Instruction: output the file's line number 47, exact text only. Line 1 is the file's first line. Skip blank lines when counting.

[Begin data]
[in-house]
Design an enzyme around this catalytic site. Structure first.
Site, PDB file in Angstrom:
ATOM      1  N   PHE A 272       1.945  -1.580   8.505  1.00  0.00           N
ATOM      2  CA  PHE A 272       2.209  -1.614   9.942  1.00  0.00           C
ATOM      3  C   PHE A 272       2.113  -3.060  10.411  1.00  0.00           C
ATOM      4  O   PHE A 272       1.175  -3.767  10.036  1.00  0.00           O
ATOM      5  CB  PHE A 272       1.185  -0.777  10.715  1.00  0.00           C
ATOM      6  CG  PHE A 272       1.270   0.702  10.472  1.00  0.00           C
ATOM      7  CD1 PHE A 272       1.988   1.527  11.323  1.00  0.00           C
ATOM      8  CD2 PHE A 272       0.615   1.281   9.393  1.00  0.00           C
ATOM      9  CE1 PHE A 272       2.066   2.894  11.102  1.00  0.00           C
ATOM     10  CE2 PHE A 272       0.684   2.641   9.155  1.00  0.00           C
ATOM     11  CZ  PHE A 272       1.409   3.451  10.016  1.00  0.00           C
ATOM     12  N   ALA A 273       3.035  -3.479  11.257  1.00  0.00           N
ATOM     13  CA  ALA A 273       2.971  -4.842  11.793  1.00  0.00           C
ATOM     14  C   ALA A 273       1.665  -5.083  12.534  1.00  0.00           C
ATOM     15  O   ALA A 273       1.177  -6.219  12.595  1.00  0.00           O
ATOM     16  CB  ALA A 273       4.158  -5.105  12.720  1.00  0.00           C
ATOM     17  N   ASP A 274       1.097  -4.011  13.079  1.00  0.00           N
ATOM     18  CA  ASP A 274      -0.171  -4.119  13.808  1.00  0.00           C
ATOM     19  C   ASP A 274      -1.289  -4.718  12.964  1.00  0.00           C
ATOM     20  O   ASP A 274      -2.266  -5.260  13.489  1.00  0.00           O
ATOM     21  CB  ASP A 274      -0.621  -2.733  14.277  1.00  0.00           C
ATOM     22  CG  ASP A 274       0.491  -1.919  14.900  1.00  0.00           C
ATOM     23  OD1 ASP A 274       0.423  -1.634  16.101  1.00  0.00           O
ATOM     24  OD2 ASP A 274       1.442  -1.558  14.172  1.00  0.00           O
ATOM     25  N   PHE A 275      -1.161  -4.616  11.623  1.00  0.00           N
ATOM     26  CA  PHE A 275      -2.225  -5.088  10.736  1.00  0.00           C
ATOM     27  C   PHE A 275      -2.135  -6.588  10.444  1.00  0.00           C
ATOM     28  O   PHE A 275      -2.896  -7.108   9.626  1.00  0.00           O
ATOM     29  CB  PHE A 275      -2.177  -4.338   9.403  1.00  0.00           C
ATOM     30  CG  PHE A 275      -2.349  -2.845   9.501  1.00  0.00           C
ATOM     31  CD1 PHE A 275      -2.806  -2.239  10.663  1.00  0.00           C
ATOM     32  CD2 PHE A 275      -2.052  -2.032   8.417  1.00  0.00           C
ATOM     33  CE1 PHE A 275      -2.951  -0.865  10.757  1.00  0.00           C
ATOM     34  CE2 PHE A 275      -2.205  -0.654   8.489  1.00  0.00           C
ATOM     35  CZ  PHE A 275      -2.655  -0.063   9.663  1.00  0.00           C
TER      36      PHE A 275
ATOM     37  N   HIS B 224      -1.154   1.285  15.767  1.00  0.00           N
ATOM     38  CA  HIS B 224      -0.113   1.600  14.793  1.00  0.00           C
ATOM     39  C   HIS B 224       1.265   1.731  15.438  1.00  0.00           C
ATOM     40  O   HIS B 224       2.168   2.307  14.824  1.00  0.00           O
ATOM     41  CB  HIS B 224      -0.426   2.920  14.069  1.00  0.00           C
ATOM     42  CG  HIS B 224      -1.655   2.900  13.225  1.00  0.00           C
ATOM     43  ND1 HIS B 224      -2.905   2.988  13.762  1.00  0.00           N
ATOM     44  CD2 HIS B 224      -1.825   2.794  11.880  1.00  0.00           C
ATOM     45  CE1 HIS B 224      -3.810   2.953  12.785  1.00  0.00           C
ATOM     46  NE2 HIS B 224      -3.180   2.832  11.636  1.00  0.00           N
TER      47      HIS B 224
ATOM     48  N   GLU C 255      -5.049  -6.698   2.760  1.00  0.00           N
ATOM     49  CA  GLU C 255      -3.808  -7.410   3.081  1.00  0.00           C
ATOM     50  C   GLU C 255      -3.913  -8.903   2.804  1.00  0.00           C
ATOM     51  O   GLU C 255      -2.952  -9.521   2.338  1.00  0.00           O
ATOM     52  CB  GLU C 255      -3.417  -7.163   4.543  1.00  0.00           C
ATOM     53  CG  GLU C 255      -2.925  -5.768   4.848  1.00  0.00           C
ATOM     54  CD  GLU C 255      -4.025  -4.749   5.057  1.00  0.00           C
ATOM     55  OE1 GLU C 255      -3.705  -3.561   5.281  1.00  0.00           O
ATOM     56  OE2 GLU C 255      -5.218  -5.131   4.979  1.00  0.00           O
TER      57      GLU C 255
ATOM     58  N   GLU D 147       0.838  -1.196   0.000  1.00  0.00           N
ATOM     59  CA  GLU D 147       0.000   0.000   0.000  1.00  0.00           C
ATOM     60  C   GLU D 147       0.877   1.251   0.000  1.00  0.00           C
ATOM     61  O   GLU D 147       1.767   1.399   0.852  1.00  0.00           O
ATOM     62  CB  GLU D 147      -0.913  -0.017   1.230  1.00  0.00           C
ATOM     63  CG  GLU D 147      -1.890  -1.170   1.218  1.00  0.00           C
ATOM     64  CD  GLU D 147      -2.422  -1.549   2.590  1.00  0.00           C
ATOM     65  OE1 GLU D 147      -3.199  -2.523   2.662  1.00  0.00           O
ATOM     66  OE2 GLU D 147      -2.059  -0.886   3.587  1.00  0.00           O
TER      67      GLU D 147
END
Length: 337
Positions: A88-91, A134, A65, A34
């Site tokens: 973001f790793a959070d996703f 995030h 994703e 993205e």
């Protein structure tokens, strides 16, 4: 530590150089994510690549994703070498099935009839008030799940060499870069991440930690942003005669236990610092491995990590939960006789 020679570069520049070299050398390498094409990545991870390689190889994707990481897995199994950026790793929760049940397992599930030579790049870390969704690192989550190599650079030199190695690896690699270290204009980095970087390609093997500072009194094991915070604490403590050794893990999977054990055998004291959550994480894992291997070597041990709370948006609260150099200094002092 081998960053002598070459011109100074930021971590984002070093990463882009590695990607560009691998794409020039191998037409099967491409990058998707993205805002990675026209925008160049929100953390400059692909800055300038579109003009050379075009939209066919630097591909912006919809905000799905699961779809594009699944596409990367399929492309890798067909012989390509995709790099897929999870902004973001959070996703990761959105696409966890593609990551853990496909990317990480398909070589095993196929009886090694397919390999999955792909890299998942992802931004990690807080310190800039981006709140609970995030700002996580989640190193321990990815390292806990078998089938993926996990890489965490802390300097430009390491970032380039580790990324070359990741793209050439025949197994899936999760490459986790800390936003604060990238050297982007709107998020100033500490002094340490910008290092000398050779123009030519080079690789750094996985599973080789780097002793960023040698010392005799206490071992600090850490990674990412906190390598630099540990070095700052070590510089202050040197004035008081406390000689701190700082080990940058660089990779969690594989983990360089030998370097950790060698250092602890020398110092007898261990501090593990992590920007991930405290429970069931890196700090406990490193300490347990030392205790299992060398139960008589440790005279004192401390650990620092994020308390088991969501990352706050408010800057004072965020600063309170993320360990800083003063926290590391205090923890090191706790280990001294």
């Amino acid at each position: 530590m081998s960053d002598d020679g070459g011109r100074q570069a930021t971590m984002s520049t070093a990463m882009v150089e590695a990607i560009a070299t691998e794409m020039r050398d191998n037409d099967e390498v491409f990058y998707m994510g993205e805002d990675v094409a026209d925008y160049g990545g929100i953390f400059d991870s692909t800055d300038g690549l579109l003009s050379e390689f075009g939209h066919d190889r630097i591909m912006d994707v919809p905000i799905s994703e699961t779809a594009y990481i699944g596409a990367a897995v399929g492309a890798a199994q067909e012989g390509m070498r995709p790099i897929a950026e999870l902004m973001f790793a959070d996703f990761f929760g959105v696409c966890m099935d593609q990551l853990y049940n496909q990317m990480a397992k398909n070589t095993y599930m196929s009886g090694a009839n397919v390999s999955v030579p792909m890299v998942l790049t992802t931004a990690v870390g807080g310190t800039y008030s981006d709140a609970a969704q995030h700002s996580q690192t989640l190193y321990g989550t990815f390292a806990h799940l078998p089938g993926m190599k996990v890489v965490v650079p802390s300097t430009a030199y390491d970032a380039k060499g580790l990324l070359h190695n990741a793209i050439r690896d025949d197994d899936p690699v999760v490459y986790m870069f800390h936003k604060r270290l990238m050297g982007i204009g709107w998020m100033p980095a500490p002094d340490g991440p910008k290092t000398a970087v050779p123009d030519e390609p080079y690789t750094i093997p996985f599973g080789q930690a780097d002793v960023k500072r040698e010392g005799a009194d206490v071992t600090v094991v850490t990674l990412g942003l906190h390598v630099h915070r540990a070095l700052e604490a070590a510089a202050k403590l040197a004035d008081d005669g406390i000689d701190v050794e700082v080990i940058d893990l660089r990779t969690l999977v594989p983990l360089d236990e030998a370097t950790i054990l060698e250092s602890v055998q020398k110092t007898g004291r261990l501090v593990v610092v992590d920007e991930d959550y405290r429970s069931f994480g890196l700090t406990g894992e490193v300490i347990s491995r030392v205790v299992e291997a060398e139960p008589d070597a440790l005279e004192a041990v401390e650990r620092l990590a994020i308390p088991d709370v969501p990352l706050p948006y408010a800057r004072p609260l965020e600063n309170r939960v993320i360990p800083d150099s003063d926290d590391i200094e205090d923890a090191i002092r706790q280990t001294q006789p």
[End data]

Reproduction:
ATOM     44  CD2 HIS B 224      -1.825   2.794  11.880  1.00  0.00           C